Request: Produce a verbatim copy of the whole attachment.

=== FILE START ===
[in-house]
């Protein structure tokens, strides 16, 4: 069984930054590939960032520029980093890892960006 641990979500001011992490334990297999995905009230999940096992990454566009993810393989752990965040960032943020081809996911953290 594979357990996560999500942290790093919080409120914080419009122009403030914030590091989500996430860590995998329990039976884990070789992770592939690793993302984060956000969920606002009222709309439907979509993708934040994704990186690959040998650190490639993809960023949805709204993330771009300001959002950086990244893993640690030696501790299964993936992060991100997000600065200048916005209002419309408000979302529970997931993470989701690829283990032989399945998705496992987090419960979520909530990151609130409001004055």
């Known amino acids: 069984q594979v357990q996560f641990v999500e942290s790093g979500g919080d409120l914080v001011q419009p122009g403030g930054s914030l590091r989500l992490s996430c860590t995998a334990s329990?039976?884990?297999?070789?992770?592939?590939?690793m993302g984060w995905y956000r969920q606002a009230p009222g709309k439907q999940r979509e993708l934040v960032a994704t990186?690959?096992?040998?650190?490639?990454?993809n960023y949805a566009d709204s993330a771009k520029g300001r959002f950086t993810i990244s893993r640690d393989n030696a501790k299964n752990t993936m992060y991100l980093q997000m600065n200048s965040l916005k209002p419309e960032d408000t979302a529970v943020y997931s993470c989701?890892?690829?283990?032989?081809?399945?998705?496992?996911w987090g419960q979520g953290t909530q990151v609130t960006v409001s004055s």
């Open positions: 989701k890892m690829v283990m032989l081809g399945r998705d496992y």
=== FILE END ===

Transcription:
[in-house]
């Protein structure tokens, strides 16, 4: 069984930054590939960032520029980093890892960006 641990979500001011992490334990297999995905009230999940096992990454566009993810393989752990965040960032943020081809996911953290 594979357990996560999500942290790093919080409120914080419009122009403030914030590091989500996430860590995998329990039976884990070789992770592939690793993302984060956000969920606002009222709309439907979509993708934040994704990186690959040998650190490639993809960023949805709204993330771009300001959002950086990244893993640690030696501790299964993936992060991100997000600065200048916005209002419309408000979302529970997931993470989701690829283990032989399945998705496992987090419960979520909530990151609130409001004055």
């Known amino acids: 069984q594979v357990q996560f641990v999500e942290s790093g979500g919080d409120l914080v001011q419009p122009g403030g930054s914030l590091r989500l992490s996430c860590t995998a334990s329990?039976?884990?297999?070789?992770?592939?590939?690793m993302g984060w995905y956000r969920q606002a009230p009222g709309k439907q999940r979509e993708l934040v960032a994704t990186?690959?096992?040998?650190?490639?990454?993809n960023y949805a566009d709204s993330a771009k520029g300001r959002f950086t993810i990244s893993r640690d393989n030696a501790k299964n752990t993936m992060y991100l980093q997000m600065n200048s965040l916005k209002p419309e960032d408000t979302a529970v943020y997931s993470c989701?890892?690829?283990?032989?081809?399945?998705?496992?996911w987090g419960q979520g953290t909530q990151v609130t960006v409001s004055s």
């Open positions: 989701k890892m690829v283990m032989l081809g399945r998705d496992y």